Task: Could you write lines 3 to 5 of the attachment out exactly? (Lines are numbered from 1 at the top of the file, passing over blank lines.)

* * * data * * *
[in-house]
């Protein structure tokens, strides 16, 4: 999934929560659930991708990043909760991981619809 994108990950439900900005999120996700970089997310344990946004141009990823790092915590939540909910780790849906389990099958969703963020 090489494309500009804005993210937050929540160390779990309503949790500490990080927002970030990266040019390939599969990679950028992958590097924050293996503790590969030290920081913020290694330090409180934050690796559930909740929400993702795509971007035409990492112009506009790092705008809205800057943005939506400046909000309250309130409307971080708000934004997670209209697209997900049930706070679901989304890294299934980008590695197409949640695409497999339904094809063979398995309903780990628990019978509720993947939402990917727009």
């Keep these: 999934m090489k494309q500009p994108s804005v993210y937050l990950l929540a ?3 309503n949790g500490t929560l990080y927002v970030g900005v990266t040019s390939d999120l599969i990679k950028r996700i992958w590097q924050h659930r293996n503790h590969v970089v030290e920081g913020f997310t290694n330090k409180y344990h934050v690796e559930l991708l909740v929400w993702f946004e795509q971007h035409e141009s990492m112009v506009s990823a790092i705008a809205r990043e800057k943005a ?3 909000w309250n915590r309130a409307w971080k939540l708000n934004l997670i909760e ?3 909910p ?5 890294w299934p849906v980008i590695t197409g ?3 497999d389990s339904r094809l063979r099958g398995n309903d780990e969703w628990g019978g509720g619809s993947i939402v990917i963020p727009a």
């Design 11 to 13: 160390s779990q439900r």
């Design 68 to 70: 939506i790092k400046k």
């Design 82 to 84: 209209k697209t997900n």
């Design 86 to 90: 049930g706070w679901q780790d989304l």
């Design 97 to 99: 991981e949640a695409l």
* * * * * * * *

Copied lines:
């Keep these: 999934m090489k494309q500009p994108s804005v993210y937050l990950l929540a ?3 309503n949790g500490t929560l990080y927002v970030g900005v990266t040019s390939d999120l599969i990679k950028r996700i992958w590097q924050h659930r293996n503790h590969v970089v030290e920081g913020f997310t290694n330090k409180y344990h934050v690796e559930l991708l909740v929400w993702f946004e795509q971007h035409e141009s990492m112009v506009s990823a790092i705008a809205r990043e800057k943005a ?3 909000w309250n915590r309130a409307w971080k939540l708000n934004l997670i909760e ?3 909910p ?5 890294w299934p849906v980008i590695t197409g ?3 497999d389990s339904r094809l063979r099958g398995n309903d780990e969703w628990g019978g509720g619809s993947i939402v990917i963020p727009a």
């Design 11 to 13: 160390s779990q439900r």
């Design 68 to 70: 939506i790092k400046k």